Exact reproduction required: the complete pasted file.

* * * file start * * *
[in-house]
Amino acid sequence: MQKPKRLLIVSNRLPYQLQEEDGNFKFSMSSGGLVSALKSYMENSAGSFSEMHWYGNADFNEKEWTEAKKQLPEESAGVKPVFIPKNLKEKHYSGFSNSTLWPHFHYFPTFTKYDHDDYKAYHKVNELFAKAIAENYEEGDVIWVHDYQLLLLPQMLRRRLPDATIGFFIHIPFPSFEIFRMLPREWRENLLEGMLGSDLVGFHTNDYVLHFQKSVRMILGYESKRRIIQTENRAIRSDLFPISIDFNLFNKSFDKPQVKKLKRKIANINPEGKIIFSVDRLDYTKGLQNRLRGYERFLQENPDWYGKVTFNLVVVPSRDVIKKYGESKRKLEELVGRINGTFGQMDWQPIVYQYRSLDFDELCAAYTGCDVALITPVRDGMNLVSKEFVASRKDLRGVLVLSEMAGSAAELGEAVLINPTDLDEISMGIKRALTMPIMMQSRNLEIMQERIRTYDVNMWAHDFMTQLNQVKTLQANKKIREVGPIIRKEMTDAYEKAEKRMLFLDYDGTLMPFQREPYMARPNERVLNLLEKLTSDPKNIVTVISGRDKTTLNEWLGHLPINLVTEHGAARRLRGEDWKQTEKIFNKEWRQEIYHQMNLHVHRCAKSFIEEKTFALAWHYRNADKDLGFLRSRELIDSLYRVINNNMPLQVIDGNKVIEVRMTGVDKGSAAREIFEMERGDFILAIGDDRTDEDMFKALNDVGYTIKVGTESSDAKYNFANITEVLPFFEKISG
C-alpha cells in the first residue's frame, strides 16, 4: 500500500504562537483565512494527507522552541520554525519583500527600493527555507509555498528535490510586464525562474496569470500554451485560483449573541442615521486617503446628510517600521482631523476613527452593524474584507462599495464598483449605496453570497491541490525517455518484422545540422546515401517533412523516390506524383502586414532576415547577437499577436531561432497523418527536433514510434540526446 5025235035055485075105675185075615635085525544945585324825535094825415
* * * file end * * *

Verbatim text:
[in-house]
Amino acid sequence: MQKPKRLLIVSNRLPYQLQEEDGNFKFSMSSGGLVSALKSYMENSAGSFSEMHWYGNADFNEKEWTEAKKQLPEESAGVKPVFIPKNLKEKHYSGFSNSTLWPHFHYFPTFTKYDHDDYKAYHKVNELFAKAIAENYEEGDVIWVHDYQLLLLPQMLRRRLPDATIGFFIHIPFPSFEIFRMLPREWRENLLEGMLGSDLVGFHTNDYVLHFQKSVRMILGYESKRRIIQTENRAIRSDLFPISIDFNLFNKSFDKPQVKKLKRKIANINPEGKIIFSVDRLDYTKGLQNRLRGYERFLQENPDWYGKVTFNLVVVPSRDVIKKYGESKRKLEELVGRINGTFGQMDWQPIVYQYRSLDFDELCAAYTGCDVALITPVRDGMNLVSKEFVASRKDLRGVLVLSEMAGSAAELGEAVLINPTDLDEISMGIKRALTMPIMMQSRNLEIMQERIRTYDVNMWAHDFMTQLNQVKTLQANKKIREVGPIIRKEMTDAYEKAEKRMLFLDYDGTLMPFQREPYMARPNERVLNLLEKLTSDPKNIVTVISGRDKTTLNEWLGHLPINLVTEHGAARRLRGEDWKQTEKIFNKEWRQEIYHQMNLHVHRCAKSFIEEKTFALAWHYRNADKDLGFLRSRELIDSLYRVINNNMPLQVIDGNKVIEVRMTGVDKGSAAREIFEMERGDFILAIGDDRTDEDMFKALNDVGYTIKVGTESSDAKYNFANITEVLPFFEKISG
C-alpha cells in the first residue's frame, strides 16, 4: 500500500504562537483565512494527507522552541520554525519583500527600493527555507509555498528535490510586464525562474496569470500554451485560483449573541442615521486617503446628510517600521482631523476613527452593524474584507462599495464598483449605496453570497491541490525517455518484422545540422546515401517533412523516390506524383502586414532576415547577437499577436531561432497523418527536433514510434540526446 5025235035055485075105675185075615635085525544945585324825535094825415